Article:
[plt-scheme] Looking for a security consultant with PLT web server experience

From: Noel Welsh (noelwelsh at gmail.com)
Date: Sat Oct 3 17:27:31 EDT 2009

Hi David,

I got your email to Untyped, but I'm replying on the list so there is
a public archive for future developers.

Regarding this:

On Sat, Oct 3, 2009 at 6:39 PM, David Storrs <david.storrs at gmail.com> wrote:
> we want someone who has experience dealing with the PLT web server, since
> it's new to us and we don't fully understand the security implications
> of stateful servlets.

There are the two kinds of servlets: so called "stateless" servlets,
meaning the continuation is serialised, and "stateful" servlets,
meaning the continuation is stored in memory and accessed by a key.
(You mention stateful servlets but you might not be using the
terminology in the same way as the web server docs, so I'll cover

Addressing the later first, the main vector of attack is by guessing a
continuation key. The continuation key is encrypted IIRC, but to make
the system more secure you could also check, e.g. IP address or a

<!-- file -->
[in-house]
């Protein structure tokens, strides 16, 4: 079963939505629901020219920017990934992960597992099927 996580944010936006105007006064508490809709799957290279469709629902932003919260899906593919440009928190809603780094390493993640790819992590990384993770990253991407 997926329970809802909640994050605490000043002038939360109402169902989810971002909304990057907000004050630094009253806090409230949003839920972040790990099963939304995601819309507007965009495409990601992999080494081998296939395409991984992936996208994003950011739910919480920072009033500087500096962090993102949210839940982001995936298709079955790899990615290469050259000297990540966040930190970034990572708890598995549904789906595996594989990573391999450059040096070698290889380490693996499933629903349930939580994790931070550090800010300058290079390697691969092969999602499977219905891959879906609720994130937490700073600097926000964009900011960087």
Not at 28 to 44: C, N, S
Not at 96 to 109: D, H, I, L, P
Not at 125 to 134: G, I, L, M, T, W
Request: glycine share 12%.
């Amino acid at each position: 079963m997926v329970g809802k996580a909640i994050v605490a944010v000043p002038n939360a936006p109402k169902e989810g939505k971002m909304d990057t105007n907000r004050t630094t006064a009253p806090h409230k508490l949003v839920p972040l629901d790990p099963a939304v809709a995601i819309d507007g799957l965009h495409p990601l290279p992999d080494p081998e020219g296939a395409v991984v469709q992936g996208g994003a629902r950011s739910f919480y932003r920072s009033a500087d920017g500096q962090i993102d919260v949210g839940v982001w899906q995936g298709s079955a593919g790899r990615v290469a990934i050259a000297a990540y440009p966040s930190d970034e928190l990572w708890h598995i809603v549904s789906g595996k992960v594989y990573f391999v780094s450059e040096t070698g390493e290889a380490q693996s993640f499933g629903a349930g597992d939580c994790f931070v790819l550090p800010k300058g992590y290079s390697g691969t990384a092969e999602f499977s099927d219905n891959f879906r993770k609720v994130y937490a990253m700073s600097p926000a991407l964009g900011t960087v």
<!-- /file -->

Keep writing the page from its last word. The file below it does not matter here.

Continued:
cookie or some other signing mechanism before serving the request. A
stateful servlet doesn't leak any more information than you let it, as
everything is in memory unless you choose to encode information in
e.g. form parameters.

A stateless servlet can potentially leak information, as the
continuation could be serialised to the client and could contain
sensitive information. The web server offers various ways around this.
One way is to store the continuations on disk (the key/value store in
the docs) and then address the continuation using a hash
("hash-addressed storage") that is sent to the client. The web server
also provides facilities to sign the hash so you can prevent
tampering. You might also want to encrypt the continuations on disk,
though this is possibly getting a bit excessive. You could also check
IP address etc. as for the stateful servlets.

Basically, both servlets provide facilities to ensure you don't leak
information, and if you want to make things even more secure you can
do so with a bit of additional effort.


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